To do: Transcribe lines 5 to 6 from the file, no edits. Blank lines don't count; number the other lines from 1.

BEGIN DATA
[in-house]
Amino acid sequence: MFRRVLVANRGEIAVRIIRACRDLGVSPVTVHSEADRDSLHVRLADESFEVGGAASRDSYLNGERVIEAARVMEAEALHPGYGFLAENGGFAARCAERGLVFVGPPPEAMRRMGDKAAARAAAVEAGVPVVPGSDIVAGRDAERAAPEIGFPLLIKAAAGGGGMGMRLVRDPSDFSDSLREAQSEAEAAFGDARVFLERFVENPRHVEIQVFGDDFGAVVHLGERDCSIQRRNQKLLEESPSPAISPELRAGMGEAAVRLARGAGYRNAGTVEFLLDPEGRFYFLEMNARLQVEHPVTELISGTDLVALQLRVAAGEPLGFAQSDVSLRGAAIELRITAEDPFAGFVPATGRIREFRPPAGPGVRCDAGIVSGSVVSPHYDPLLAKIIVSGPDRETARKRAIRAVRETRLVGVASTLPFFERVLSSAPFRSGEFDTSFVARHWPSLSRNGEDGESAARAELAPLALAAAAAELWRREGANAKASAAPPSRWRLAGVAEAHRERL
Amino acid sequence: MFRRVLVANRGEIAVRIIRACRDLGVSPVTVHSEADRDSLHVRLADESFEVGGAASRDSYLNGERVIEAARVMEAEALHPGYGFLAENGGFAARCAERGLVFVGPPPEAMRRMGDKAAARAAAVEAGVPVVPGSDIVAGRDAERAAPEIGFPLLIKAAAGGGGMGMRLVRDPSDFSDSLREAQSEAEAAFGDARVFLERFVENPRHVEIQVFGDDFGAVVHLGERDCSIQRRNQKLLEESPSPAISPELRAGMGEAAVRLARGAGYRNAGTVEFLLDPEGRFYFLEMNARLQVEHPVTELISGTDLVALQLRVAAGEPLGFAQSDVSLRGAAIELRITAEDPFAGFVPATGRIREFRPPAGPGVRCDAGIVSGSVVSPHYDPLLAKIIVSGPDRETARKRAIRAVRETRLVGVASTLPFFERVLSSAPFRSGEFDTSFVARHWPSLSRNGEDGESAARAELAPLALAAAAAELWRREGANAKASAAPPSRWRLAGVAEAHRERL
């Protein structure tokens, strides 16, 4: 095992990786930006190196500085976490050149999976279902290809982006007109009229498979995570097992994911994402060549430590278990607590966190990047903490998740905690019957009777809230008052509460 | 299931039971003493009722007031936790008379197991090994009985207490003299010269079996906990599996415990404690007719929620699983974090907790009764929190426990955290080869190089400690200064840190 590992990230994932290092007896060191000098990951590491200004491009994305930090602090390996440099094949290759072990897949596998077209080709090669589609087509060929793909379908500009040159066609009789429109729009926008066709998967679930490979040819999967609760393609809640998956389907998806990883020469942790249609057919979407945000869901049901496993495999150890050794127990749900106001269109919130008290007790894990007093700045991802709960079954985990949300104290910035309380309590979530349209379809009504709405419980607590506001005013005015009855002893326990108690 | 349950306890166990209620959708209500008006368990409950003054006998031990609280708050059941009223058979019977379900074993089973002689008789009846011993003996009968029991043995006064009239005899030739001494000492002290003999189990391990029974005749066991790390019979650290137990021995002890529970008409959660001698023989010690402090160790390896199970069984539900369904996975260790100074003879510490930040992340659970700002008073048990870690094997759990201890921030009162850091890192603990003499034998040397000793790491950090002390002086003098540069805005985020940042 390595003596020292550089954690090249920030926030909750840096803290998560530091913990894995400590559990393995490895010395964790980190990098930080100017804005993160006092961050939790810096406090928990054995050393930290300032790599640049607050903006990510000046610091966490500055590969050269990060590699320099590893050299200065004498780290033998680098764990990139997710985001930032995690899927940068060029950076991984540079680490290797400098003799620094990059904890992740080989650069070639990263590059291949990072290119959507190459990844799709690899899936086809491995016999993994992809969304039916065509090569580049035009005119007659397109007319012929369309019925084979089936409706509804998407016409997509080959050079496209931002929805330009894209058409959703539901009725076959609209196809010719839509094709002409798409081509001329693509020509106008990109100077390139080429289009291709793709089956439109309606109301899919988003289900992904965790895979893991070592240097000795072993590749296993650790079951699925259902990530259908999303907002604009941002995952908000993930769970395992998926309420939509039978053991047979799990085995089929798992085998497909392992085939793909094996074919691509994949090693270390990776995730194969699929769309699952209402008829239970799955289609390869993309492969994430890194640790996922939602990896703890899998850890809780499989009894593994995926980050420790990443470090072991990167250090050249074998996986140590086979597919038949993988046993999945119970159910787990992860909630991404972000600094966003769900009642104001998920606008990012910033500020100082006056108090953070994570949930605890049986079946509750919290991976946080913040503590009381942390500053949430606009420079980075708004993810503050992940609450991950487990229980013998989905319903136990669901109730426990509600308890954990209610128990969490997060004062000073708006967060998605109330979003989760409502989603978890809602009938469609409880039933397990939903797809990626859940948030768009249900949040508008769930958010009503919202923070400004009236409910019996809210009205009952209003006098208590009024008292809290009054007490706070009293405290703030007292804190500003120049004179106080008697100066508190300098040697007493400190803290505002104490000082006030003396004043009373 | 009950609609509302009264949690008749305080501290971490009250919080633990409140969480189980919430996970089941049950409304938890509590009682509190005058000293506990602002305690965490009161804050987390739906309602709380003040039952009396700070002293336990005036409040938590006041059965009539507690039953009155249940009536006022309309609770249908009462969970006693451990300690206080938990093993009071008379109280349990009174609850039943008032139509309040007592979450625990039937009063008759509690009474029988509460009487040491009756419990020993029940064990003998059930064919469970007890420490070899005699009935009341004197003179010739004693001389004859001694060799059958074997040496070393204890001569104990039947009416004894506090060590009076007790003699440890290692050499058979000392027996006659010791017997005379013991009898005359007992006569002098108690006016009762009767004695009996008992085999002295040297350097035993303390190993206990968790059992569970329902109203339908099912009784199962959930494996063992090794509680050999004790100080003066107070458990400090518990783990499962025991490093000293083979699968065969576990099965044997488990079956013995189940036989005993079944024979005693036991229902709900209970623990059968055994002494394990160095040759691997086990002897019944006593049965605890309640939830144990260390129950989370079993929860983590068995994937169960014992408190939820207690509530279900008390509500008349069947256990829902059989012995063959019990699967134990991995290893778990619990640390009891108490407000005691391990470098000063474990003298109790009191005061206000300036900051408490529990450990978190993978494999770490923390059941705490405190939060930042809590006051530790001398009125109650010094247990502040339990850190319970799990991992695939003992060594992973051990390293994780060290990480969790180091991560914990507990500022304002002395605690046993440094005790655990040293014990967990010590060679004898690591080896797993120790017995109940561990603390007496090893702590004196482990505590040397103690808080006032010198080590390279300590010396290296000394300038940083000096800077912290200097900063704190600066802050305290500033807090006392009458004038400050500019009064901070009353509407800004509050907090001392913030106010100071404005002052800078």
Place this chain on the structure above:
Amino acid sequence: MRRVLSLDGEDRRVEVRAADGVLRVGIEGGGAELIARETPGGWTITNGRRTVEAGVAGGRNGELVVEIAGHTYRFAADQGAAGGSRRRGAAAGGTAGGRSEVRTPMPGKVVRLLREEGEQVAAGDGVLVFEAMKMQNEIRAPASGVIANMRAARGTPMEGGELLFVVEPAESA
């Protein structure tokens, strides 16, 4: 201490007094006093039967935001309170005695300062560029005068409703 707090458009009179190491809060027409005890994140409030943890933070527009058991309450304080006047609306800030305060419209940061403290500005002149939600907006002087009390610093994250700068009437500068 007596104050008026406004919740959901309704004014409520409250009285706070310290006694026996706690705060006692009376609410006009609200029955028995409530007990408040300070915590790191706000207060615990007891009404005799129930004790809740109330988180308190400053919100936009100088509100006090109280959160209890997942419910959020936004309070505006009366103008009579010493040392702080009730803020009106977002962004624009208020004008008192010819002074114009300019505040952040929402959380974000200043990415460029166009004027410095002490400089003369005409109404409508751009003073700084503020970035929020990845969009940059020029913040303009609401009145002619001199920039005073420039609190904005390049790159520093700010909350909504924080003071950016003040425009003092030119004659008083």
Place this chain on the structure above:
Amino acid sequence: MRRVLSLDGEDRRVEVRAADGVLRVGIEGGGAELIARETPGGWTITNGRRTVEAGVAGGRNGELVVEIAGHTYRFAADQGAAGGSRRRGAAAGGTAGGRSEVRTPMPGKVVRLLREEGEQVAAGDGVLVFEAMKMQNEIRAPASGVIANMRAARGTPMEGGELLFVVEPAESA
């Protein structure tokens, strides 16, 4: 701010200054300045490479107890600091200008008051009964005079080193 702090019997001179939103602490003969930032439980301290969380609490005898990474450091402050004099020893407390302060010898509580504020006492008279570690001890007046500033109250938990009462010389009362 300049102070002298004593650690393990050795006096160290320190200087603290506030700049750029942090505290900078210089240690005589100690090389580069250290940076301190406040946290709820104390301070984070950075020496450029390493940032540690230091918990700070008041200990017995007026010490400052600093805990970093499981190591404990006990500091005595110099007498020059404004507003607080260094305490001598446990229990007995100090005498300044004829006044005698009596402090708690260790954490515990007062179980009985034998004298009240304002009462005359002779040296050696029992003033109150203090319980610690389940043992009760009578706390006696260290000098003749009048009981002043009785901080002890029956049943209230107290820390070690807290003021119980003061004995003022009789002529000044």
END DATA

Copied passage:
Place this chain on the structure above:
Amino acid sequence: MRRVLSLDGEDRRVEVRAADGVLRVGIEGGGAELIARETPGGWTITNGRRTVEAGVAGGRNGELVVEIAGHTYRFAADQGAAGGSRRRGAAAGGTAGGRSEVRTPMPGKVVRLLREEGEQVAAGDGVLVFEAMKMQNEIRAPASGVIANMRAARGTPMEGGELLFVVEPAESA